Photographer similar to Ralph Gibson

Discussion in 'Photographers' started by Dave Krueger, Jul 13, 2007.

  1. Dave Krueger

    Dave Krueger Member

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    Can anyone recommend any photographers whose technical style is similar to Ralph Gibson? I'm mainly looking for the stark grainy black and white 35mm style that he's known for but not necessarily limited to a particular subject matter. In fact, I would really like to view that technical style as applied to studio as well as location work.

    If anyone can suggest a name or two, I will search the web for examples of their work. I've developed a fascination for that style of camera and darkroom technique and now don't seem to be able to get enough of it.

    Thanks!

    -Dave
     
  2. foto-r3

    foto-r3 Member

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    Someone who cites Ralph Gibson as a major influence is Vlastimil Kula, from the Czech Republic, but be forewarned, his work straddles the fine line between erotic art and pornography.
     
  3. Tony D

    Tony D Member

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  4. Dave Krueger

    Dave Krueger Member

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    Ah-ha! Excellent! Thanks. Graham really has that look about his work. Kula seems to have the camera technique but doesn't seem to impart the same gritty at the print level, although I'm not sure how much of that is likely to come through in a low res jpg file.

    Thanks for both suggestions!

    -Dave
     
  5. Peter De Smidt

    Peter De Smidt Member

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    Wow, I really dislike his stuff.
     
  6. Paul B

    Paul B Subscriber

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    Hello. You might take a look at the work of Daido Moriyama. It certainly is stark, grainy, black and white and was taken with a small format camera. But very different, to my eye, from Ralph Gibson's.
     
  7. Dave Krueger

    Dave Krueger Member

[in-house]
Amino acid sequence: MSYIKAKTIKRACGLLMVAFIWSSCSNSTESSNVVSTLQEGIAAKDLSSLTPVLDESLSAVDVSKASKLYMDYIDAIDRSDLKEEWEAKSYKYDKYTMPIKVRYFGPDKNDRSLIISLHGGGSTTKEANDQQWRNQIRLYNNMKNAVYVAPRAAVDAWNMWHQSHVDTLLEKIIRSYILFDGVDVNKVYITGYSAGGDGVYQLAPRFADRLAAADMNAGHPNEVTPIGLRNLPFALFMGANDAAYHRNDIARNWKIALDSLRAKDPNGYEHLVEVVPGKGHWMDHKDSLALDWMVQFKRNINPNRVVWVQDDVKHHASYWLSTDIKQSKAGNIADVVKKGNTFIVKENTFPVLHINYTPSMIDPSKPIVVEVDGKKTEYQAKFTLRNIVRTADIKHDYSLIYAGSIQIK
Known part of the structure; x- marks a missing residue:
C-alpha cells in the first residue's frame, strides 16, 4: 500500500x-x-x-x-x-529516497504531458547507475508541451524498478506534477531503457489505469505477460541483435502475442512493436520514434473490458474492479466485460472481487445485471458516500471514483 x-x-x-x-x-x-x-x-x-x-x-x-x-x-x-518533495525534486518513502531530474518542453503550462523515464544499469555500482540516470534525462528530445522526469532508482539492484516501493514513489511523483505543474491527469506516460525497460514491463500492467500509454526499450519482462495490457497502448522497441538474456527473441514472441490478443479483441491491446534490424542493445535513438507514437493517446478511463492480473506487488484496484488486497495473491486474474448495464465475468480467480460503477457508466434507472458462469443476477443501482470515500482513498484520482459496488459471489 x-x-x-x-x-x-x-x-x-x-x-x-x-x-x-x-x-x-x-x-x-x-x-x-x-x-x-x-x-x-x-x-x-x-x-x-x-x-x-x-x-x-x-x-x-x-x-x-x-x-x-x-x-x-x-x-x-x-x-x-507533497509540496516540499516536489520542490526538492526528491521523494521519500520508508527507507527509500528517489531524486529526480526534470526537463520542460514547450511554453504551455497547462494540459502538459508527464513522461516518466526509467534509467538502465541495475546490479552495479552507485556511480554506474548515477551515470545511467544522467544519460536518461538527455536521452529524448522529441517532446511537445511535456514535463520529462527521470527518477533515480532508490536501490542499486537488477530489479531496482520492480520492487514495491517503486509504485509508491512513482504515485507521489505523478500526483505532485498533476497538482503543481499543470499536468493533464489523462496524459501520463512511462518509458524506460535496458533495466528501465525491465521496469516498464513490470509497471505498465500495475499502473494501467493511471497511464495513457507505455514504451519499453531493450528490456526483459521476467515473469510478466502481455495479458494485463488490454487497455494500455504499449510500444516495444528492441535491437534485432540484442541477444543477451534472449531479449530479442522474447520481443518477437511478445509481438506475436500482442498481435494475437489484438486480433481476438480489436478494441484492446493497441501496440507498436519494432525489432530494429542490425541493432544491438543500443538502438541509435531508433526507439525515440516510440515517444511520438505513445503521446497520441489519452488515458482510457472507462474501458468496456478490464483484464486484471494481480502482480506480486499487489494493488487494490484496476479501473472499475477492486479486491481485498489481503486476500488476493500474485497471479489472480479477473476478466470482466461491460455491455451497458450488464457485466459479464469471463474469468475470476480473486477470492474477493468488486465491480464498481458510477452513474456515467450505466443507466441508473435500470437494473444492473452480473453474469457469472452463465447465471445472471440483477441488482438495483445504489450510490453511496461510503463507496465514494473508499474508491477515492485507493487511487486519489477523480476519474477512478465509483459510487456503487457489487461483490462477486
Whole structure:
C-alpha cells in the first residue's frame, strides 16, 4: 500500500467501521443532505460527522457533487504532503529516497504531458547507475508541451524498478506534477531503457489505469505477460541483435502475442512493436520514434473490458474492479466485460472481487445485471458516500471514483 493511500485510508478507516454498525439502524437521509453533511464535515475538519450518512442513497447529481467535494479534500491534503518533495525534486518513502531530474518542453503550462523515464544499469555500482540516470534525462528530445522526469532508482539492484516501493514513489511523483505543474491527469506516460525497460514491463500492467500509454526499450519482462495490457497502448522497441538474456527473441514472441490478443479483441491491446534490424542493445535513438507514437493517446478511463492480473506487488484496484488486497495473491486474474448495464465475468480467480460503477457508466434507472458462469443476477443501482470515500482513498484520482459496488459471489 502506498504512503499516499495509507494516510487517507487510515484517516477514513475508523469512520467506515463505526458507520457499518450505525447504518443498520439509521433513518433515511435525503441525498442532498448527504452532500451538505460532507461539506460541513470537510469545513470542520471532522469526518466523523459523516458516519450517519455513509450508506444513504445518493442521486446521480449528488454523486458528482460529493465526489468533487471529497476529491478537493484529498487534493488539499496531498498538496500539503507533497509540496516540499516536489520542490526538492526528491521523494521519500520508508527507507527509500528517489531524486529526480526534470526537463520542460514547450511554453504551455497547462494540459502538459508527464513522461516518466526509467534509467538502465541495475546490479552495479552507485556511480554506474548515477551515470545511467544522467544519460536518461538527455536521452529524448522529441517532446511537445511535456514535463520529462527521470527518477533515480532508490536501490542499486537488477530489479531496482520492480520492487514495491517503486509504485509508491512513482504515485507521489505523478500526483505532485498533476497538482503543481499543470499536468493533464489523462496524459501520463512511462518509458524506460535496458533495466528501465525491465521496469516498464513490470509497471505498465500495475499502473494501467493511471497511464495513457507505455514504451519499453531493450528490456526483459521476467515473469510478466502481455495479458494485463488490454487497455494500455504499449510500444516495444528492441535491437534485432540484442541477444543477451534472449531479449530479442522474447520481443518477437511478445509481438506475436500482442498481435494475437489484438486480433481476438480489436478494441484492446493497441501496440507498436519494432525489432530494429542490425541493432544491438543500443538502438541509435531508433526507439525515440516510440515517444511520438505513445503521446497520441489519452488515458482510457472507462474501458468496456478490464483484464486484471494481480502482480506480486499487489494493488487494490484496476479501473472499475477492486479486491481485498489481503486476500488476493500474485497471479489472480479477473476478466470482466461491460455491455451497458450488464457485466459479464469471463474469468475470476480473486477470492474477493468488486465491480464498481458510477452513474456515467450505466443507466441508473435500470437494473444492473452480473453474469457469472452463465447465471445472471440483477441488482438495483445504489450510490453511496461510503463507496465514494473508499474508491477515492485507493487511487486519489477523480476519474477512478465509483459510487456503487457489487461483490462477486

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    Great! You're right about different, but still a variation on the grainy look. It's odd how I can see a photograph in someone else's portfolio that I would have tossed if I had taken it myself. It's not that the picture doesn't measure up, it's more like my eye isn't refined enough to spot a raw print with potential for being a good image. Also, I noticed that pictures viewed in a grouping can be more appealing than they are by themselves.

    When I look at other people's work, I am almost always looking at a group of their work all at one time, whereas with my own work, I evaluate each image in isolation. I'm rambling, but it makes me wonder if I'm missing something about the psychology of viewing prints that I, as an artist, should know.
     
  8. GraemeMitchell

    GraemeMitchell Member

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    Roger Deckker. He's big right now in fashion. Being mimicked a lot, understandably, since he's doing really creative work.
     
  9. Dave Krueger

    Dave Krueger Member

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    Thanks. You have some exceptional work as well. Enjoyed his and yours.
     
  10. bjorke

    bjorke Member

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    Gibson's technical style is based on heavy overexposure and printing from the verrrry narrow range of tones in that nearly-black neg. It's easy to think he's just being soppy, but he carries around a body with chrome film & he nails the exposures on those so he's methodical in his madness. I actually haven't seen anyone else pull it off in quite the same way -- not even Callahan or Brandt.
     
  11. Dave Krueger

    Dave Krueger Member

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    Yes, I've done some research on that and have managed to achieve a very similar look that I want to combine with my own style and subject matter. I like the moody gritty look.
     
  12. bjorke

    bjorke Member

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    Well good luck -- I personally think that the shooters cited so far are not even close. One or two have photos that are evocative of some Gibson pics, particularly from around the "Quadrants" period, but that could almost be coincidence.

    Get a hold of "Refractions" if you haven't -- Gibson also published a description of his 1970's methods in the Lustrum "Darkroom" books (hard to find, but some libraries have them).

    The Gibson printing technique is currently pretty-well outside the range of digital, btw -- digital cameras block up the highlights. Scanning from over-dense negatives and getting an expanding range of tones is beyond the density-precision of most (if not all) scanners. You can do some with controlled lighting in the studio, but you'll still not get the reflected contrast into those sorts of ranges. So far, B&W film remains the way to go if that look is your desire.
     
    Last edited by a moderator: Jul 18, 2007
  13. Dave Krueger

    Dave Krueger Member

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    Nonetheless, I'll take all the references I can get and enjoy the pictures that come closest to what I'm looking for.